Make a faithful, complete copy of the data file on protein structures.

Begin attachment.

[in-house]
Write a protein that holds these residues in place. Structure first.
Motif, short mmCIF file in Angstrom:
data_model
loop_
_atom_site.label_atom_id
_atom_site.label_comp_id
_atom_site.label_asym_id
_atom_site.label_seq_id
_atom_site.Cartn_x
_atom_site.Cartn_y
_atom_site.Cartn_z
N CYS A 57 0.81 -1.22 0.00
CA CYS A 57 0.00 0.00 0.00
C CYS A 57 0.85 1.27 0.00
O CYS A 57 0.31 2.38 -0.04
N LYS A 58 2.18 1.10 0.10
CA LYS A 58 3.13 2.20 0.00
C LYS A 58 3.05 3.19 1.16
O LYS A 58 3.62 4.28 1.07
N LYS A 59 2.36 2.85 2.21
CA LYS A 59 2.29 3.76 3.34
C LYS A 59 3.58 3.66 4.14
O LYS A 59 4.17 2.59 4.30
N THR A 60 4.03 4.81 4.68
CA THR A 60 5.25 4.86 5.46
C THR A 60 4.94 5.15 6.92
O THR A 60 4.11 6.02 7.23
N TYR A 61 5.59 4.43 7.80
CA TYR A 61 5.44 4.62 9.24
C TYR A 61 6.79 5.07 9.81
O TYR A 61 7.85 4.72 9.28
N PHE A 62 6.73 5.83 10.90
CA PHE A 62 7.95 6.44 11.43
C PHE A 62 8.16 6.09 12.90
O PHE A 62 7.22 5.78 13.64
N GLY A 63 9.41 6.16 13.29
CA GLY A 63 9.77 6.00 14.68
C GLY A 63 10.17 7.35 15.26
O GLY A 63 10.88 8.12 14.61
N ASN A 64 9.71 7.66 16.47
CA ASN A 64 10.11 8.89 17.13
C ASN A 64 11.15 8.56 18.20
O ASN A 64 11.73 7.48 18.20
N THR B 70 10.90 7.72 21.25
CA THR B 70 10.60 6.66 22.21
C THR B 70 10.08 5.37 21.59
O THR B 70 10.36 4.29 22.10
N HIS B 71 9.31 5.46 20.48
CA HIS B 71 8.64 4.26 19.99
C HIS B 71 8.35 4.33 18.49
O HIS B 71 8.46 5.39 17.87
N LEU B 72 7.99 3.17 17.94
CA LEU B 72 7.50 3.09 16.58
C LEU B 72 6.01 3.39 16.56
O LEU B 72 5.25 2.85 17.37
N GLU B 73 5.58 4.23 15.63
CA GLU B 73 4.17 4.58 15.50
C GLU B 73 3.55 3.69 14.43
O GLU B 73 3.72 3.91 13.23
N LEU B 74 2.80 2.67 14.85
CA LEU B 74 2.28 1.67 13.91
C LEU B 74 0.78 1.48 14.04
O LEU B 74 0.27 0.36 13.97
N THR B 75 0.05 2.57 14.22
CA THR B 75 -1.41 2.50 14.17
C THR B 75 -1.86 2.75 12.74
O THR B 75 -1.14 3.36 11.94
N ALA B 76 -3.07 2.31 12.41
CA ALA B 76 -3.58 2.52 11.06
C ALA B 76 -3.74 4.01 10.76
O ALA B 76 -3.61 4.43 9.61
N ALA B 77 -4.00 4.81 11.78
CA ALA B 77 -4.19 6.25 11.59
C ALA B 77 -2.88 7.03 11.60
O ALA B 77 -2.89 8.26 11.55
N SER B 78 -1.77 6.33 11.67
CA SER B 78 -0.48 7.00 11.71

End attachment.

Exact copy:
[in-house]
Write a protein that holds these residues in place. Structure first.
Motif, short mmCIF file in Angstrom:
data_model
loop_
_atom_site.label_atom_id
_atom_site.label_comp_id
_atom_site.label_asym_id
_atom_site.label_seq_id
_atom_site.Cartn_x
_atom_site.Cartn_y
_atom_site.Cartn_z
N CYS A 57 0.81 -1.22 0.00
CA CYS A 57 0.00 0.00 0.00
C CYS A 57 0.85 1.27 0.00
O CYS A 57 0.31 2.38 -0.04
N LYS A 58 2.18 1.10 0.10
CA LYS A 58 3.13 2.20 0.00
C LYS A 58 3.05 3.19 1.16
O LYS A 58 3.62 4.28 1.07
N LYS A 59 2.36 2.85 2.21
CA LYS A 59 2.29 3.76 3.34
C LYS A 59 3.58 3.66 4.14
O LYS A 59 4.17 2.59 4.30
N THR A 60 4.03 4.81 4.68
CA THR A 60 5.25 4.86 5.46
C THR A 60 4.94 5.15 6.92
O THR A 60 4.11 6.02 7.23
N TYR A 61 5.59 4.43 7.80
CA TYR A 61 5.44 4.62 9.24
C TYR A 61 6.79 5.07 9.81
O TYR A 61 7.85 4.72 9.28
N PHE A 62 6.73 5.83 10.90
CA PHE A 62 7.95 6.44 11.43
C PHE A 62 8.16 6.09 12.90
O PHE A 62 7.22 5.78 13.64
N GLY A 63 9.41 6.16 13.29
CA GLY A 63 9.77 6.00 14.68
C GLY A 63 10.17 7.35 15.26
O GLY A 63 10.88 8.12 14.61
N ASN A 64 9.71 7.66 16.47
CA ASN A 64 10.11 8.89 17.13
C ASN A 64 11.15 8.56 18.20
O ASN A 64 11.73 7.48 18.20
N THR B 70 10.90 7.72 21.25
CA THR B 70 10.60 6.66 22.21
C THR B 70 10.08 5.37 21.59
O THR B 70 10.36 4.29 22.10
N HIS B 71 9.31 5.46 20.48
CA HIS B 71 8.64 4.26 19.99
C HIS B 71 8.35 4.33 18.49
O HIS B 71 8.46 5.39 17.87
N LEU B 72 7.99 3.17 17.94
CA LEU B 72 7.50 3.09 16.58
C LEU B 72 6.01 3.39 16.56
O LEU B 72 5.25 2.85 17.37
N GLU B 73 5.58 4.23 15.63
CA GLU B 73 4.17 4.58 15.50
C GLU B 73 3.55 3.69 14.43
O GLU B 73 3.72 3.91 13.23
N LEU B 74 2.80 2.67 14.85
CA LEU B 74 2.28 1.67 13.91
C LEU B 74 0.78 1.48 14.04
O LEU B 74 0.27 0.36 13.97
N THR B 75 0.05 2.57 14.22
CA THR B 75 -1.41 2.50 14.17
C THR B 75 -1.86 2.75 12.74
O THR B 75 -1.14 3.36 11.94
N ALA B 76 -3.07 2.31 12.41
CA ALA B 76 -3.58 2.52 11.06
C ALA B 76 -3.74 4.01 10.76
O ALA B 76 -3.61 4.43 9.61
N ALA B 77 -4.00 4.81 11.78
CA ALA B 77 -4.19 6.25 11.59
C ALA B 77 -2.88 7.03 11.60
O ALA B 77 -2.89 8.26 11.55
N SER B 78 -1.77 6.33 11.67
CA SER B 78 -0.48 7.00 11.71